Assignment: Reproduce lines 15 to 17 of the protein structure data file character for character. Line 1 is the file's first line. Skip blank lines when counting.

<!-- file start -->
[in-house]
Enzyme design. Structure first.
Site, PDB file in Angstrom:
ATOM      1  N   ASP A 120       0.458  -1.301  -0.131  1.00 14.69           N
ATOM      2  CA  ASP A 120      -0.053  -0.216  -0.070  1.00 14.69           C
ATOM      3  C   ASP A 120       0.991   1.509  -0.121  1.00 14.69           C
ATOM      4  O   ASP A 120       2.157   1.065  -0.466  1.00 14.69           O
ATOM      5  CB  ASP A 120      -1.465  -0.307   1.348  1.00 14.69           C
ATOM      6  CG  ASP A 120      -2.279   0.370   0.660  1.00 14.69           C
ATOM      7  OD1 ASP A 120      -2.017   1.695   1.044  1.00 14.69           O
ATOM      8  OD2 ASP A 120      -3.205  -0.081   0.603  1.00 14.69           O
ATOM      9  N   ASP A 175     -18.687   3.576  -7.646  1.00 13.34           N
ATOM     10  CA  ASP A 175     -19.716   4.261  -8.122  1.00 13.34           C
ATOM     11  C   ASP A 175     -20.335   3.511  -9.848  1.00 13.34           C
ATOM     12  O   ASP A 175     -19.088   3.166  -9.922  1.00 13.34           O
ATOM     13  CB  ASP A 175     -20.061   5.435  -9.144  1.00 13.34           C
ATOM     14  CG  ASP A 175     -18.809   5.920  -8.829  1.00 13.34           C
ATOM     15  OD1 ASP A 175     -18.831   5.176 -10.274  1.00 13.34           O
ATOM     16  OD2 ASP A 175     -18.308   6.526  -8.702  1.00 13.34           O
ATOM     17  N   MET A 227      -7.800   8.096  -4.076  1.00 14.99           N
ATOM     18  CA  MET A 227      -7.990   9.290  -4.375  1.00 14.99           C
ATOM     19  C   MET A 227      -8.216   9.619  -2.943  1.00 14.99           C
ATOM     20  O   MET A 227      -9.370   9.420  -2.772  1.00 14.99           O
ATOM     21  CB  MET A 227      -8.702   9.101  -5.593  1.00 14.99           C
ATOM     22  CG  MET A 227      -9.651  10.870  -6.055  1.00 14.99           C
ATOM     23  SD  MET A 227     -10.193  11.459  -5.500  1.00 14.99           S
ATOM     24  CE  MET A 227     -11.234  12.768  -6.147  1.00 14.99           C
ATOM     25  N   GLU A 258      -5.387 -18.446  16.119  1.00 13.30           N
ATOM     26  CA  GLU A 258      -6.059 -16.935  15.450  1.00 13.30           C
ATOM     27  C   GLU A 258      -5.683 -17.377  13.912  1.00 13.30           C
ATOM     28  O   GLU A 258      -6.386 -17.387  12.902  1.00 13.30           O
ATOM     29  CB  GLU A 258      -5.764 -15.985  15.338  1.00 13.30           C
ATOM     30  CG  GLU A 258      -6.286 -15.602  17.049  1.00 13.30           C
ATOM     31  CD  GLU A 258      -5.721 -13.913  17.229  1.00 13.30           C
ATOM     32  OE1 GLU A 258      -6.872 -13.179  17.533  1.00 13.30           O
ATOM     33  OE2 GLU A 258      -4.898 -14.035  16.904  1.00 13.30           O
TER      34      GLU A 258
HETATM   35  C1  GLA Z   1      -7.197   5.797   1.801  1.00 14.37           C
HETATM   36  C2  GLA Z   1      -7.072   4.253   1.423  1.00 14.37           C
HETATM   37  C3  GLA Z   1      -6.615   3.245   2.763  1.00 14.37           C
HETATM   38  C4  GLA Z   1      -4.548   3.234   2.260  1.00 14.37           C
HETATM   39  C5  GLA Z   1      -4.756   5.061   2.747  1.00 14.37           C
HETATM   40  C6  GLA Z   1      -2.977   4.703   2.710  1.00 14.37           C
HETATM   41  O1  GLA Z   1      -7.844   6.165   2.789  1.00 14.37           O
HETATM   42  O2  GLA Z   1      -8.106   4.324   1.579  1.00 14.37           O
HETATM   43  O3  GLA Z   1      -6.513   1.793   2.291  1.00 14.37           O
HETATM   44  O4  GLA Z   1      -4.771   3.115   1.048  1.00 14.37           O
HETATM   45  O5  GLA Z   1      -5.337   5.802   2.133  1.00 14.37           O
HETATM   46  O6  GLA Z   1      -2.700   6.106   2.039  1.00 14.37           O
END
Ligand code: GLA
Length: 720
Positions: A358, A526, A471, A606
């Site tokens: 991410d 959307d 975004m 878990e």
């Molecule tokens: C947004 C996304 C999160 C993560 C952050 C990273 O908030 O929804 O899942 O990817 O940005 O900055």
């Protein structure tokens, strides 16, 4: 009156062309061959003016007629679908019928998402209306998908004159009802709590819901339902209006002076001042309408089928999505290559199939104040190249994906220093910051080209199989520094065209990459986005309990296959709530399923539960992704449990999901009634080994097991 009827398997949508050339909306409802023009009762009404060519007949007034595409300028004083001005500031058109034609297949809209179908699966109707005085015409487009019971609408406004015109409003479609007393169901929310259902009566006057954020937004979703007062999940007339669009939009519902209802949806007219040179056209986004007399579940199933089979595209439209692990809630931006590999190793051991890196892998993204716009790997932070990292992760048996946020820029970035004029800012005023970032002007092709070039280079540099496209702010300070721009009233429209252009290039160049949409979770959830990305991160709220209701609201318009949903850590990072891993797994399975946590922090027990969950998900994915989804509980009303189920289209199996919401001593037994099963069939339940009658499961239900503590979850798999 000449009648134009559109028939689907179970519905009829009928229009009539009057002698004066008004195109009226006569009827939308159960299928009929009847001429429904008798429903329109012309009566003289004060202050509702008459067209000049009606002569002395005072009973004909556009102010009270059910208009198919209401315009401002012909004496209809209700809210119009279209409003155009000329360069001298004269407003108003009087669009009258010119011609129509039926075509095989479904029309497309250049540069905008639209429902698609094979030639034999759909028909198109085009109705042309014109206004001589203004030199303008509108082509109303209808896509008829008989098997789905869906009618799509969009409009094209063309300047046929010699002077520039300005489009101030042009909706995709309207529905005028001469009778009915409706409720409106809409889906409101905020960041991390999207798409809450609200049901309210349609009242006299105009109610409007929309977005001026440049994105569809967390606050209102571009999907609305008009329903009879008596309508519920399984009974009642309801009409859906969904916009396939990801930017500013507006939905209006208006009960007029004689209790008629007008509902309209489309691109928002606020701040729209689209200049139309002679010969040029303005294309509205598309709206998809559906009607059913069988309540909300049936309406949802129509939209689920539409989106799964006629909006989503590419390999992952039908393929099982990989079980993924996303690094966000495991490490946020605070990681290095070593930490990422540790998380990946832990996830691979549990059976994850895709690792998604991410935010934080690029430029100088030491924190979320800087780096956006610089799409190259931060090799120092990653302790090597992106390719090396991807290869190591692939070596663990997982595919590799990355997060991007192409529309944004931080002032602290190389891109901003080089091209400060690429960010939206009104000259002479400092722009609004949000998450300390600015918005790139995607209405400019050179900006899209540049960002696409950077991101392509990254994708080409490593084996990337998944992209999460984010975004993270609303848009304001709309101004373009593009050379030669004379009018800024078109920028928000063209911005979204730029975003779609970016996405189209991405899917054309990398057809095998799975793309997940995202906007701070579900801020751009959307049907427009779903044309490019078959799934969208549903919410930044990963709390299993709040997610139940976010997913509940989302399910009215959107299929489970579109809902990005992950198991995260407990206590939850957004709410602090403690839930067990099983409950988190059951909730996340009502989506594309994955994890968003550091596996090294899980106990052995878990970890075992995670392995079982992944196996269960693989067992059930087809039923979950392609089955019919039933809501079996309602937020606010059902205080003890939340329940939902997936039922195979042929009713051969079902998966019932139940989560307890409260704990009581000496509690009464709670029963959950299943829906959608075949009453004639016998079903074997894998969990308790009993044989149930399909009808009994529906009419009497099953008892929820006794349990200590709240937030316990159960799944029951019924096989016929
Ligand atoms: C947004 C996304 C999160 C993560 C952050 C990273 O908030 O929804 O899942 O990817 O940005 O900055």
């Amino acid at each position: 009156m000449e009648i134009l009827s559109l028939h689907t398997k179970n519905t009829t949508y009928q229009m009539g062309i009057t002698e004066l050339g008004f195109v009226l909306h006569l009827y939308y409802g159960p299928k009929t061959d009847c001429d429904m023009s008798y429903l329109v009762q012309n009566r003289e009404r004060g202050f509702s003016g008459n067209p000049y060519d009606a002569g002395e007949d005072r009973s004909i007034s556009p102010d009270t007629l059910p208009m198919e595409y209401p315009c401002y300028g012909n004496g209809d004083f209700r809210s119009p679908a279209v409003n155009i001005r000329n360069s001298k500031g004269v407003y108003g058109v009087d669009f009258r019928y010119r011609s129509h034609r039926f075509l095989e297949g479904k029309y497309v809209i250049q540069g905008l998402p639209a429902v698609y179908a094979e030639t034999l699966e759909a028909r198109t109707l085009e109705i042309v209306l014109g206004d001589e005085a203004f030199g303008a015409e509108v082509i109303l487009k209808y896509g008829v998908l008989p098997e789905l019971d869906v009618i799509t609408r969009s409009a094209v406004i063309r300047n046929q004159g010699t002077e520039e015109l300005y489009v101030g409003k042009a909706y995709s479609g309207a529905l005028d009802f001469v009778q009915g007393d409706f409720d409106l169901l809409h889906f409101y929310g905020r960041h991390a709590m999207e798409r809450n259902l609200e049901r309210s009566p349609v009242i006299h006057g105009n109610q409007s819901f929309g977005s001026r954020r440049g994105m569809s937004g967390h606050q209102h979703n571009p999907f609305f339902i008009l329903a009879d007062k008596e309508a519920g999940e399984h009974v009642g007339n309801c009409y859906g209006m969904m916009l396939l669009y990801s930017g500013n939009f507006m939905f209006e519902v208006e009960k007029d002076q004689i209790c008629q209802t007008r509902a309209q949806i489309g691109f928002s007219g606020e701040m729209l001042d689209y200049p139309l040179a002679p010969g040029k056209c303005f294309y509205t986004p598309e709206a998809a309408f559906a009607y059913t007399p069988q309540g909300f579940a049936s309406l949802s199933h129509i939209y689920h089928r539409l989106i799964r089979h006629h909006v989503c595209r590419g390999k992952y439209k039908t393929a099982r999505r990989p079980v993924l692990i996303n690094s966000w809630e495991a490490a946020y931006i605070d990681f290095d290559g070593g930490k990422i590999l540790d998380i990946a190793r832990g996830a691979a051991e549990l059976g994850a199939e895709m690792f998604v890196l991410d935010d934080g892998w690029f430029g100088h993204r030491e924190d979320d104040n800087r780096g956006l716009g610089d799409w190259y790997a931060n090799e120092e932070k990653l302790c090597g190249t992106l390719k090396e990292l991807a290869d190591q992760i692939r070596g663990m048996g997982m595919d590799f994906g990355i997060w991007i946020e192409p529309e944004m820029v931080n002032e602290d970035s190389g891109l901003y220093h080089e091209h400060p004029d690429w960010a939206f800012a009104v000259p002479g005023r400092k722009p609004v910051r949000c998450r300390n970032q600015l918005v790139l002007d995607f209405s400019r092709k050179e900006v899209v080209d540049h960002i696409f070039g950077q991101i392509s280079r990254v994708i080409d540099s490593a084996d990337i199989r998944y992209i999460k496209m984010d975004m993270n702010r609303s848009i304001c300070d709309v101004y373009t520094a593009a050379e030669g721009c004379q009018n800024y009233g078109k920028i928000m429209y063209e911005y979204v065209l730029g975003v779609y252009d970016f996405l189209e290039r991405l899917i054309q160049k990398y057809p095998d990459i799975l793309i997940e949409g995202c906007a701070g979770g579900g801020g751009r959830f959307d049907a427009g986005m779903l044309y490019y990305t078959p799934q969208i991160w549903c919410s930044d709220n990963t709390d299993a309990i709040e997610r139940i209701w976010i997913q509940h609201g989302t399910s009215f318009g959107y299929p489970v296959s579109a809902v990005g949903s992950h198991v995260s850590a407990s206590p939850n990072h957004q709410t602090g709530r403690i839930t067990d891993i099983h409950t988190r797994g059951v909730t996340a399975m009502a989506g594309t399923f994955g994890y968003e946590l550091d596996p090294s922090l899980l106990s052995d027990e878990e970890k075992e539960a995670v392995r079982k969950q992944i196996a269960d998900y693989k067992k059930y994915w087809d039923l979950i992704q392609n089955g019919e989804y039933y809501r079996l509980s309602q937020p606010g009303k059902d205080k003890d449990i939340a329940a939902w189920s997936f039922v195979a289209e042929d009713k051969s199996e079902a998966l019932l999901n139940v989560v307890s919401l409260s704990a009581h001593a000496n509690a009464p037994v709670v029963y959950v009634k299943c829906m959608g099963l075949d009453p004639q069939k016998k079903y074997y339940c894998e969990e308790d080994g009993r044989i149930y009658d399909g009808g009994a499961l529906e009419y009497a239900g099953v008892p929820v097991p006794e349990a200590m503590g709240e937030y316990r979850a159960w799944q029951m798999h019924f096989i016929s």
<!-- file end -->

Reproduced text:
ATOM     12  O   ASP A 175     -19.088   3.166  -9.922  1.00 13.34           O
ATOM     13  CB  ASP A 175     -20.061   5.435  -9.144  1.00 13.34           C
ATOM     14  CG  ASP A 175     -18.809   5.920  -8.829  1.00 13.34           C